pact, they would have seceeded long, long ago. Imagine large, powerful US
states demanding economic policies that resulted in 50% youth unemployment in
smaller states like Utah. We would have bolted and not looked back. The political backlash in Europe against austerity and being hamstrung is
completely understandable. It's a little more puzzling why the Austerians
in the US haven't come around to the reality that their economic orthodoxy
has been so battered, both in theory (in a most humiliating way, an Excel
error!) and reality (with the UK entering the 3rd valley in what a triple dip
recession).News for the Austerians and the simple minded: An economy
is more complicated than a family budget. In a household you can cut spending
and increase savings. In an economy, my spending is your income, and your
spending is my income. If we all cut spending together, guess what - economies
Dan wrote a ridiculous article a few weeks ago. And followed it up with this
pathetic not even Wikipedia worthy analysis of Europe. I guess Dan might think
that he is arousing the base that will vote for him anyway but he is turning the
rest of us off. He will never get my vote.
Roland hits the nail on the head. Many of Europe's problems have to do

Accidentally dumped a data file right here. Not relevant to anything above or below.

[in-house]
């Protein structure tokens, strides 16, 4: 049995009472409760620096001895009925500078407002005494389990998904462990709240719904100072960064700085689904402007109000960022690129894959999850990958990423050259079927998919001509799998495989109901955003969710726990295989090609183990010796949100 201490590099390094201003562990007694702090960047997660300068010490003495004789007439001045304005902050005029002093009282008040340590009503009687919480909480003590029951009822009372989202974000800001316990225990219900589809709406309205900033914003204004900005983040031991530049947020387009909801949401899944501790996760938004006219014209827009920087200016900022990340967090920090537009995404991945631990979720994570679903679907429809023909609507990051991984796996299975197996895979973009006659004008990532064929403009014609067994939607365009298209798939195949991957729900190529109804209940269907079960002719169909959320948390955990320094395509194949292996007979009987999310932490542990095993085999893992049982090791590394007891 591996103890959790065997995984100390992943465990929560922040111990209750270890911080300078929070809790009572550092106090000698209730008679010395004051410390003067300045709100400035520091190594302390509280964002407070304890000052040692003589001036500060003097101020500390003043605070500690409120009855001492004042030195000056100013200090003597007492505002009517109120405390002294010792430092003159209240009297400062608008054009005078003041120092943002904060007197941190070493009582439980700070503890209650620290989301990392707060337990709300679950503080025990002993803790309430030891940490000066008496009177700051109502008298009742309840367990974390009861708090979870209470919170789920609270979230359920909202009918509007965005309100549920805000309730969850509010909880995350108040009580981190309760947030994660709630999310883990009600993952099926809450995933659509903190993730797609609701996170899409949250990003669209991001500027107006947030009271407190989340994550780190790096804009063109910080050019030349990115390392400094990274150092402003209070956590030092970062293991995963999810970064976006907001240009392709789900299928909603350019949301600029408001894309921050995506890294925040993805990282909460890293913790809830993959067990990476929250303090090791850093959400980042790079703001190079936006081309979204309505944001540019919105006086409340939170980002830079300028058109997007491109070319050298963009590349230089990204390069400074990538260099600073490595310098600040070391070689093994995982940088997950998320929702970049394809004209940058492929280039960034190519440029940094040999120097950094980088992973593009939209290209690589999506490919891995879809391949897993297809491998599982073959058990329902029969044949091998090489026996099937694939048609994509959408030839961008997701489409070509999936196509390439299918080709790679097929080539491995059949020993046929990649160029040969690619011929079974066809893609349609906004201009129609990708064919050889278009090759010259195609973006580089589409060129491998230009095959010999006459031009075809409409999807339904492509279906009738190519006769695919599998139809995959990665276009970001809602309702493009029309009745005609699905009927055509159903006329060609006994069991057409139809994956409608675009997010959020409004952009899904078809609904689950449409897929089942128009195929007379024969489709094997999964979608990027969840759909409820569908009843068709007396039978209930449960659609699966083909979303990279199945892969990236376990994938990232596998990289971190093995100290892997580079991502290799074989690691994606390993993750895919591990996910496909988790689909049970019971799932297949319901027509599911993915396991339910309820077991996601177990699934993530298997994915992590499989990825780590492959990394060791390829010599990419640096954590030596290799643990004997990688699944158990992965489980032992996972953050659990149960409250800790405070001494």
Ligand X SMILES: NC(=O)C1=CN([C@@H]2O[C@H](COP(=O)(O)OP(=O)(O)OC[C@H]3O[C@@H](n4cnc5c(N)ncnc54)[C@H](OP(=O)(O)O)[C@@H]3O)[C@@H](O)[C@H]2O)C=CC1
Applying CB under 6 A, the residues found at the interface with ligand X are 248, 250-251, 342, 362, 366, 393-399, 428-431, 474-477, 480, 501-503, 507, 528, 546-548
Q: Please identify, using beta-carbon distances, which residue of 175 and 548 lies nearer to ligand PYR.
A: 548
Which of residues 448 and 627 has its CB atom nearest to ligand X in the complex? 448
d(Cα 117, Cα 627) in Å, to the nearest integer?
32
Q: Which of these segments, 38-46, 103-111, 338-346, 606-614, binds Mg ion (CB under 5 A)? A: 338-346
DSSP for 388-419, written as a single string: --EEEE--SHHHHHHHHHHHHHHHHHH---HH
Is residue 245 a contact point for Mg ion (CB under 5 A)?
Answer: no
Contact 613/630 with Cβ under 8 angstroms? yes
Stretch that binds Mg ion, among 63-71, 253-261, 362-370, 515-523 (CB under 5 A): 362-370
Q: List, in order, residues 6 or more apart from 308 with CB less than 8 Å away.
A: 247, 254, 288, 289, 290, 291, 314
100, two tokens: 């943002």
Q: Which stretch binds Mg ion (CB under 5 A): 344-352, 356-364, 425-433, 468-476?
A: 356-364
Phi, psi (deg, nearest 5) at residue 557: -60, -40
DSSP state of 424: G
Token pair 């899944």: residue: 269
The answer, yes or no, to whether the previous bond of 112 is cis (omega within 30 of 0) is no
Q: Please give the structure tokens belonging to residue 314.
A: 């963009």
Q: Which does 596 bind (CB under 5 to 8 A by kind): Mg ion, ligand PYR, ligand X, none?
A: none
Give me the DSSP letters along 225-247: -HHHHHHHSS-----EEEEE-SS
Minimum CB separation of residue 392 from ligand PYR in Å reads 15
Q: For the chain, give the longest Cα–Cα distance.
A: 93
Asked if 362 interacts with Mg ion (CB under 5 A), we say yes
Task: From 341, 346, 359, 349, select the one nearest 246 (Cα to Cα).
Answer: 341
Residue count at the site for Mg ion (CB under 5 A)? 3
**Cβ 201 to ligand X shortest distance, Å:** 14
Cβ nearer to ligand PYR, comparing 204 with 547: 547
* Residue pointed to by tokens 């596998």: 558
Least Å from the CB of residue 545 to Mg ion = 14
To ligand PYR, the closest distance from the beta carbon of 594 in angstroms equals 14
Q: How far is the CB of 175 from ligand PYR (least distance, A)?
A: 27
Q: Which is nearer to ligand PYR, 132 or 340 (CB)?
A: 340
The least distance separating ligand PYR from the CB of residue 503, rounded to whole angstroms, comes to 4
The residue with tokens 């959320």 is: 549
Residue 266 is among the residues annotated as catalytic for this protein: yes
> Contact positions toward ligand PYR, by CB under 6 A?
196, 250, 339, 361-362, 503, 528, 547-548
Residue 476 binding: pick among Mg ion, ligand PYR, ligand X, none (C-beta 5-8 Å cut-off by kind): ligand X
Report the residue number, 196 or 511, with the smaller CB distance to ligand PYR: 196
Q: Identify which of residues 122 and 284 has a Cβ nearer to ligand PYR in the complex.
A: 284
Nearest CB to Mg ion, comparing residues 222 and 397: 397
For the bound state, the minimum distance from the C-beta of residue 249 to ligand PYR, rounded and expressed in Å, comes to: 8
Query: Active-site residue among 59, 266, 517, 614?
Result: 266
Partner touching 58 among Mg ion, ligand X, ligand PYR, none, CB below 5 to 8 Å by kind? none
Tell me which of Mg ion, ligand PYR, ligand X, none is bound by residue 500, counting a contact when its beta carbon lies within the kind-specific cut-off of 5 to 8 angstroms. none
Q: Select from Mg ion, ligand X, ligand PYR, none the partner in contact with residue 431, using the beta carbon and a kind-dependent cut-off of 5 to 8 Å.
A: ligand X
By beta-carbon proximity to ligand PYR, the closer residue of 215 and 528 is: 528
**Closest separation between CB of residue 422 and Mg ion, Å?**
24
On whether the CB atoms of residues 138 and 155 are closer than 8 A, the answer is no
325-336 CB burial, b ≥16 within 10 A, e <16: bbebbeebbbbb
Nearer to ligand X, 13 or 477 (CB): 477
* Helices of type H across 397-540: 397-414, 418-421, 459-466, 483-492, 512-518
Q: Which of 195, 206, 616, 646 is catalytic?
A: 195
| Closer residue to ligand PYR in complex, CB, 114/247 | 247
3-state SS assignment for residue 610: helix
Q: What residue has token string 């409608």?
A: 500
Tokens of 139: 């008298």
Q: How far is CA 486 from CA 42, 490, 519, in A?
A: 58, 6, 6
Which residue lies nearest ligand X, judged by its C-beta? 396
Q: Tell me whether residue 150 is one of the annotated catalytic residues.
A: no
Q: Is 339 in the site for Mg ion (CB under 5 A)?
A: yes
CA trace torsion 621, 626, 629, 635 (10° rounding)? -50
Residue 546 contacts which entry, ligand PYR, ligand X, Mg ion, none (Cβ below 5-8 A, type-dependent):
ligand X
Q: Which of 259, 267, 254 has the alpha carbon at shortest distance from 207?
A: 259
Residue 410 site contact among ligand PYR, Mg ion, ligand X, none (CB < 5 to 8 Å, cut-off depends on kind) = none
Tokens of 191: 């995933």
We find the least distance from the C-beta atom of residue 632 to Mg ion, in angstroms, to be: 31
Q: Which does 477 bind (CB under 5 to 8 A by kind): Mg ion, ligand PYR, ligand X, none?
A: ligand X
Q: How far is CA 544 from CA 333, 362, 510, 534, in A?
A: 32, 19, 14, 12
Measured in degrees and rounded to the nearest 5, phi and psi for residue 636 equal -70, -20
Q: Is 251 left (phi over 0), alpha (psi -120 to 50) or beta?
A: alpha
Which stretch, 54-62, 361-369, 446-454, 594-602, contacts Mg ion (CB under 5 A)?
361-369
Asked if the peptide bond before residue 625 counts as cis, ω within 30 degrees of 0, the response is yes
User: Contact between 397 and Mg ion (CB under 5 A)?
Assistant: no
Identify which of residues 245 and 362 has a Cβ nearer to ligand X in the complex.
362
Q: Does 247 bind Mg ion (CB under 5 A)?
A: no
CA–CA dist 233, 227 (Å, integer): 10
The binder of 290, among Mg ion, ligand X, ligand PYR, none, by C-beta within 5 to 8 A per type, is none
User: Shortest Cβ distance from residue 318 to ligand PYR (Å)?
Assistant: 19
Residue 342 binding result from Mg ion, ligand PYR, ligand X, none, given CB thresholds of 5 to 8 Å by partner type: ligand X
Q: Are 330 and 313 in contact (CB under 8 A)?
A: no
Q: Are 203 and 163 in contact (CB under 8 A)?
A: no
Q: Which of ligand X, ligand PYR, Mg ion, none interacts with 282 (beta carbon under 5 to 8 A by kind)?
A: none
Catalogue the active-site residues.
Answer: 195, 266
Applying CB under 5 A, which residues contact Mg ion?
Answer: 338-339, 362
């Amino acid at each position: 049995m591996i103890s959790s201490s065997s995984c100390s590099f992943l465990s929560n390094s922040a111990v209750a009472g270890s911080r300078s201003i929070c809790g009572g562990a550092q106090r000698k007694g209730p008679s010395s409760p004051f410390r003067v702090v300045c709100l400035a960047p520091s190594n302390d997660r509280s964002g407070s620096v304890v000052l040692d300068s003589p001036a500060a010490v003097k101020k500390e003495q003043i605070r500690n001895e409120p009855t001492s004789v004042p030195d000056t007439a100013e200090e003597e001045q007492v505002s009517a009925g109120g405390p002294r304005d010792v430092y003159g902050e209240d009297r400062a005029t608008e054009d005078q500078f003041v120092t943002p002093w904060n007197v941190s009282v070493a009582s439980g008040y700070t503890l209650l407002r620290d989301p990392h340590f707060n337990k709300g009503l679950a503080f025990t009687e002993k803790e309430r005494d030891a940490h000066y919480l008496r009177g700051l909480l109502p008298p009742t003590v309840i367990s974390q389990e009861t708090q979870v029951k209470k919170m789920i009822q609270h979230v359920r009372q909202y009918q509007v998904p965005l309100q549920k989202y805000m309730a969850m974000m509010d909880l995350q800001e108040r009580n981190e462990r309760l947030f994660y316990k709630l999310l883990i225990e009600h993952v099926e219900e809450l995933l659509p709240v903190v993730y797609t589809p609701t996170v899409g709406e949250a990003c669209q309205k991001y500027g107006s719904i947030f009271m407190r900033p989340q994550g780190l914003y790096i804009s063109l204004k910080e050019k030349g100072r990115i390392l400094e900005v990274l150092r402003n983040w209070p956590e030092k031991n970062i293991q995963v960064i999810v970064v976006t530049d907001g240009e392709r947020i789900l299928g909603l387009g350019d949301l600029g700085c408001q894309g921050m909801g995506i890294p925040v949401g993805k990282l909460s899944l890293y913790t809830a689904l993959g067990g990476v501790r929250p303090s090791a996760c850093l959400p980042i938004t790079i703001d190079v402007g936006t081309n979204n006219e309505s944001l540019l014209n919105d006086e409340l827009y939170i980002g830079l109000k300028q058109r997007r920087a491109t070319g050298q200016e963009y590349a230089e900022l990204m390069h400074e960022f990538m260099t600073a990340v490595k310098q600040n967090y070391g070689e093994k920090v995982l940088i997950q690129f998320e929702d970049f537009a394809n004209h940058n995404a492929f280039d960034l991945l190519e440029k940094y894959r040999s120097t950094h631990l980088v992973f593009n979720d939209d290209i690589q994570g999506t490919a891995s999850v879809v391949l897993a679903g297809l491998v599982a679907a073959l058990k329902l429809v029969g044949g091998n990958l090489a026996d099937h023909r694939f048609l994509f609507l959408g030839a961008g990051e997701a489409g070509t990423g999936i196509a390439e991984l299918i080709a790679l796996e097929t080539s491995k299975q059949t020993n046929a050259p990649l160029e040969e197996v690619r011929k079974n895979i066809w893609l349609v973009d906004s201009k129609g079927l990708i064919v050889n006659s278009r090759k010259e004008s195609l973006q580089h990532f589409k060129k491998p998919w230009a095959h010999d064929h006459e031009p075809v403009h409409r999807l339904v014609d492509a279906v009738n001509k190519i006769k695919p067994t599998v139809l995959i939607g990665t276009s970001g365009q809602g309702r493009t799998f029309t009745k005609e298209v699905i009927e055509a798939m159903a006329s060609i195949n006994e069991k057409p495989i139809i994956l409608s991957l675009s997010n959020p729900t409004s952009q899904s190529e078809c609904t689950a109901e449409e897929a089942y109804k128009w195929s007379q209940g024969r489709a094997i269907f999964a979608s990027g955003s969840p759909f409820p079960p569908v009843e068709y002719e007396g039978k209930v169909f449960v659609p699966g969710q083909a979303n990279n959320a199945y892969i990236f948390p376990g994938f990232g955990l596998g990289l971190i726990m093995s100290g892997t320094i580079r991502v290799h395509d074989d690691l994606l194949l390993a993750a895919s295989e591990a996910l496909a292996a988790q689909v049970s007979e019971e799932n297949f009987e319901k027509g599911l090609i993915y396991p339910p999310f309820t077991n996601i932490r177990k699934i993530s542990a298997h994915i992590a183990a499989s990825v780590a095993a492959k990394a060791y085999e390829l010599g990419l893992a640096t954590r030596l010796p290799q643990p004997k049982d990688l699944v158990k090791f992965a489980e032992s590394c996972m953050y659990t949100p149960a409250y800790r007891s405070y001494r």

with a single currency trying to fit a range of national economies whose leaders
have no control to set monetary policy for their countries. It's a one
size doesn't fit all problem. Putting the blame on socialism alone ignores
the fact that Germany and the rest of northern Europe is also left-leaning, yet
they're the ones funding the bailouts of southern Europe.Before
someone jumps all over my argument, my primary source of info on Europe's
economy is that well-known leftist rag "The Economist".And
for whatever it's worth, the Nobel Prize Committee missed the boat. Credit
for the peace in Europe for the last 65+ years should go to NATO, not the EU.
Repubs may yell the loudest. They may try to emulate their am radio heros. But
it doesn't make what they say right.
"And for whatever it's worth, the Nobel Prize Committee missed the
boat. Credit for the peace in Europe for the last 65+ years should go to NATO,
not the EU."This is only partially correct. Yes, NATO stopped
the wars... and blunted the soviet block threat. But it is not what is keeping
the peace in Europe. Right now, Spaniards who are desperate to work, can
legally now move to any other EU country and obtain legal work there. They can
likewise go to other countries for school. Their medical care coverage is
portable across counties. It gives those in the nations hardest hit options,
where as in the depression leading up to WWII, there was no options.EU isn't perfect... never will be. But the wars that plagued europe for
generations are gone. People can cross boarders without any papers needed.
French and Germans now collaborate on huge projects like AIrBus. WIth out the
EU, europe would be in a far larger mess. Europe being successful
shouldn't hurt our feelings.